With age, I find myself becoming increasingly selective when choosing the subjects of my paintings. If earlier themes were effortlessly inspired by dreams, now they are the product of a mental process whereby a thought inspires and is shaped by many associations before reaching its final form. The time of fixed, quasi-photographic images is gone. Years of work have also contributed towards this increasing selectivity. If earlier subjects almost leapt onto the canvas with ease and following little deliberation, in response to my artistic sensibility, emotions and aesthetic, now I find myself considering the choice of a subject far more meticulously. Today my priority when working on a painting is not to concentrate solely on my own senses and emotions, but to depict more general and synthetic phenomena. My subjects are different episodes from man’s history as I see them in this era: episodes that I am interested in exploring refracted through the perceptions of our time.
Reading the Torah as well as the other texts that form the keystones of Judaism always provides me with a creative impetus. The chain of thought and associations that they inspire and redirect is due to the unbelievable richness with which the spiritual and philosophical approach of the Torah opens up new visions of the world. It evokes new combinations, reveals the interconnections and interdependence of life’s phenomena and prompts the reevaluation of many concepts. From this point of view, the selectivity and the discipline demonstrated by an artist in the choice of a painting’s subject reflect, to a certain extent, the general theme of significance in art.
Leonardo is one of the most obvious and brilliant examples of this approach. Why did such a genius endowed with the greatest technical facility for painting the most complicated figures and compositions, and whose livelihood this was, leave us so few oil paintings, having worked on each so hard and so long? Precisely because the key principle underlying his work was to put as much as he possibly could into each of his paintings. In the literary realm, a bad writer will describe everything at length, while a good author will carefully select every word that he produces. This brings us back to the Torah together with all the works written by the Sages of Judaism, where not just every word but every letter has been deliberately chosen and contains its own message.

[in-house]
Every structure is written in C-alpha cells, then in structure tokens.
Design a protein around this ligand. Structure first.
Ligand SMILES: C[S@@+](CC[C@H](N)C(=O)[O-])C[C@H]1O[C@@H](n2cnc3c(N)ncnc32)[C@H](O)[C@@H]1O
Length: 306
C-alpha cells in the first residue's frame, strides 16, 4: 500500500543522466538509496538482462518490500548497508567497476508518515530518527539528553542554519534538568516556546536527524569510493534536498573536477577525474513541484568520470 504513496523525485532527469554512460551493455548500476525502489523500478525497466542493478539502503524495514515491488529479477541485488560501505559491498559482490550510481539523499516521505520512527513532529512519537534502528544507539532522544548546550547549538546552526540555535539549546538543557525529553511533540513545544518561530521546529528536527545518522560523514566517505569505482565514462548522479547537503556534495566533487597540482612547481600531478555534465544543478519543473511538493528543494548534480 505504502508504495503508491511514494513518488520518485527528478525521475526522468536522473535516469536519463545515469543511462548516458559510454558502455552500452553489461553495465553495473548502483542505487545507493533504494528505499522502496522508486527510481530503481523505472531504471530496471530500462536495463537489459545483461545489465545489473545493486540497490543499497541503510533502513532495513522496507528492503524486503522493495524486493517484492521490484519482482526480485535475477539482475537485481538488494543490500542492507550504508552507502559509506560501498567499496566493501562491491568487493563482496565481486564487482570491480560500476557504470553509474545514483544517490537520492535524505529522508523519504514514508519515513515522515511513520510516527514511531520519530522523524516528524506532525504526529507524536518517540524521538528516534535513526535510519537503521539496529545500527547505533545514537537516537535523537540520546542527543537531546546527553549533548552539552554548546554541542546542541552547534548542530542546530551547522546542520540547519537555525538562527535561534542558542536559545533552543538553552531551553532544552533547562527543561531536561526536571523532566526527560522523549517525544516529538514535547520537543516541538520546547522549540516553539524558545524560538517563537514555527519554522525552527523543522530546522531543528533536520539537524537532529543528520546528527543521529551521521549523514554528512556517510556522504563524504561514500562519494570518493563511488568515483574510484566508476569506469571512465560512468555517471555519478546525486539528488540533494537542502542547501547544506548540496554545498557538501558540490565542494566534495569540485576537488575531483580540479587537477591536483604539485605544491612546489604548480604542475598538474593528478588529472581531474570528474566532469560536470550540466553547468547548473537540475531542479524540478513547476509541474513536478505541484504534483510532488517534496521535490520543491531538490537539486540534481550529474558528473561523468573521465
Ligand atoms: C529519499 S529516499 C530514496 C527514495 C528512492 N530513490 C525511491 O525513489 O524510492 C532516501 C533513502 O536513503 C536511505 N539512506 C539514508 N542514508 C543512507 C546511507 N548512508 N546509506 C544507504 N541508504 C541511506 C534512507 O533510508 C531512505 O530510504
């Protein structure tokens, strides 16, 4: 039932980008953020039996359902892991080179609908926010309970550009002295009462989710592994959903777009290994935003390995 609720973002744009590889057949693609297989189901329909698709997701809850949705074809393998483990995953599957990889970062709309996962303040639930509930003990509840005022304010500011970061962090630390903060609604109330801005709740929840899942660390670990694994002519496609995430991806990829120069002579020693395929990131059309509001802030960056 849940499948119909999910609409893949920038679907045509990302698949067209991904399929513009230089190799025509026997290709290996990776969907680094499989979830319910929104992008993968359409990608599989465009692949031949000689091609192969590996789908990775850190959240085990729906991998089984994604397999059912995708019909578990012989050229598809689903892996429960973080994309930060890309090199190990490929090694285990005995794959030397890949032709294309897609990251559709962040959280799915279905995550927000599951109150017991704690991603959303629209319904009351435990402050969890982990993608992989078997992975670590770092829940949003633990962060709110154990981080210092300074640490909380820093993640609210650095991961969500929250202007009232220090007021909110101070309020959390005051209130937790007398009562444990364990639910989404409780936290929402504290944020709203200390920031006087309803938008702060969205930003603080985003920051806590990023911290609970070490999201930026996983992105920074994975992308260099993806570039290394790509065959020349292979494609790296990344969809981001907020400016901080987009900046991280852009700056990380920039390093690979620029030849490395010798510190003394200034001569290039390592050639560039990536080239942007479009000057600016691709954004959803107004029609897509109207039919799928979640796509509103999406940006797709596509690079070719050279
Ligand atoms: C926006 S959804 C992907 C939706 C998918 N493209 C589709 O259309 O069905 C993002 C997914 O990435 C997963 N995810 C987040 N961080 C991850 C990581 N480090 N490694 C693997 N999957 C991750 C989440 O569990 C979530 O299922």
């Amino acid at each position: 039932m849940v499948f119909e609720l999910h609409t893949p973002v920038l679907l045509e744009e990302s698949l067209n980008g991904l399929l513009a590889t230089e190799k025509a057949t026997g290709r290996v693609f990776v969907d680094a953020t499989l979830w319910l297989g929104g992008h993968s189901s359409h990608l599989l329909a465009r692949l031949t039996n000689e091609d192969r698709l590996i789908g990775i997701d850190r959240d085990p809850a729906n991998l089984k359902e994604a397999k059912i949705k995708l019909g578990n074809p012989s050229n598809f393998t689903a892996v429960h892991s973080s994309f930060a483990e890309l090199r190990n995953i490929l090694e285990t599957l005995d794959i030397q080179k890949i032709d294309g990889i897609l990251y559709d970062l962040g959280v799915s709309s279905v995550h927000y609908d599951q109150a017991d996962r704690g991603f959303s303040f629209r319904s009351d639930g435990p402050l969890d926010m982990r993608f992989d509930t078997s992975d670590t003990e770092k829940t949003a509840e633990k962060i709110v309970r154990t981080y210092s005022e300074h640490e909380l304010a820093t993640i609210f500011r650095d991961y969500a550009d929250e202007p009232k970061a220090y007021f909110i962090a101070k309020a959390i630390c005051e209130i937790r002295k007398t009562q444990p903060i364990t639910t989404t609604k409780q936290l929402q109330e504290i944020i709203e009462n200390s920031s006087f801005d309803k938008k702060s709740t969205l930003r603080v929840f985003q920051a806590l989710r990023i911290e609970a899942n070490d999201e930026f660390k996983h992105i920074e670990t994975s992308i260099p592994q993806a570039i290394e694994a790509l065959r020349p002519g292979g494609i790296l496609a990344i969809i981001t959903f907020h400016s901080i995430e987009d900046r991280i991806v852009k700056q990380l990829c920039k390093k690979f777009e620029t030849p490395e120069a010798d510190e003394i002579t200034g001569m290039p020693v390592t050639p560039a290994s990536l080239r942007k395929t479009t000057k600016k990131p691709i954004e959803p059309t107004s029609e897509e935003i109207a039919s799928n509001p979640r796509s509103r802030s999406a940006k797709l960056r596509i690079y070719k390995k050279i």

If in the past I produced my paintings far more quickly and with greater ease, indeed sometimes in a single day, today I find the creative process much slower and more thorough, though by no means for technical reasons. I find myself spending much more time thinking things over in an attempt to put the maximum into each painting. In this manner I try to give myself reasons for being an artist, as opposed to a dilettante.
There is no more ridiculous request than to ask an artist ‘to explain a painting’. I would never expound on the nature of my thoughts while I was working on a work of art. However, I willingly discuss the composition, technical aspects and other concrete details of a painting, and am happy to bring to light the historical allusions or the individual history underlying each work.
I believe that on principle artists should not ‘explain’ their work, as the perception of a work of art varies according to each individual and this fact alone precludes all explanation. A painting’s principal role should be to make its viewer think, in the process prompting the individual’s thoughts, senses and spiritual growth.
Therefore, to explain the essence of my paintings is impossible and unnecessary, but as to sharing certain thoughts that arise in relation to them… Why not?
Some of the early and frequently exhibited works in this album form a Romantic Collection entitled Capriccio. Cat’s Smile, The Real Dream and the Capriccio triptych are part of this Collection. In Cat’s Smile, for example, the work’s paradoxical title is meant to initiate a dialogue with a viewer, as it is known that cats cannot and do not smile. However, I was astonished to discover how many people are not aware of this simple fact, or indeed of the existence of the writer Lewis Carroll, who played with this paradox as well as innumerable others so masterfully in his books. A cat’s smile is therefore an existing impossibility. It may not exist because it is by definition impossible, and yet could be said to exist because of the implication that it might be possible.
What lies hidden where consciousness merges with the subconscious, our presentiments and hopes? Perhaps the secret of a cat’s smile, this existing impossibility many of us carry within ourselves. I am indebted for the painting’s title to my friend and former colleague Maxim Pashkov, an exceptionally talented actor and musician from St Petersburg. The extraordinary ballad of this Russian Tom Waits entitled Cat’s Smile entered our lives towards the end of the 1980s, and remains an inspiration.
Occasionally a childhood dream will inspire or even take form as one of my paintings. This occurred with the Capriccio triptych. The subject was a childhood dream of an abandoned Stalinist concentration camp in winter, with a miserable, lost mare left wandering there. She was hungry and half-blind with nowhere to go and nothing to hope for, except that someone might give her some food. Of course, this dream was not a fantasy but a reflection of this period in our lives. Capriccio is a painting of routine horror. Nevertheless, in this painting I wanted to reflect that there was hope amidst this horror. There is no place for hopelessness in my work. Human intellect, will and prayer will not allow even places of horror to remain without hope. When we mobilize ourselves against evil we are already beyond a state of hopelessness. This resistance alone gives an individual hope and becomes a source of strength. One cannot buy the ability to resist in this manner, nor can one ‘learn’ how to do it by following another’s suggestions. Only belief in the Creator provides a human being with this strength.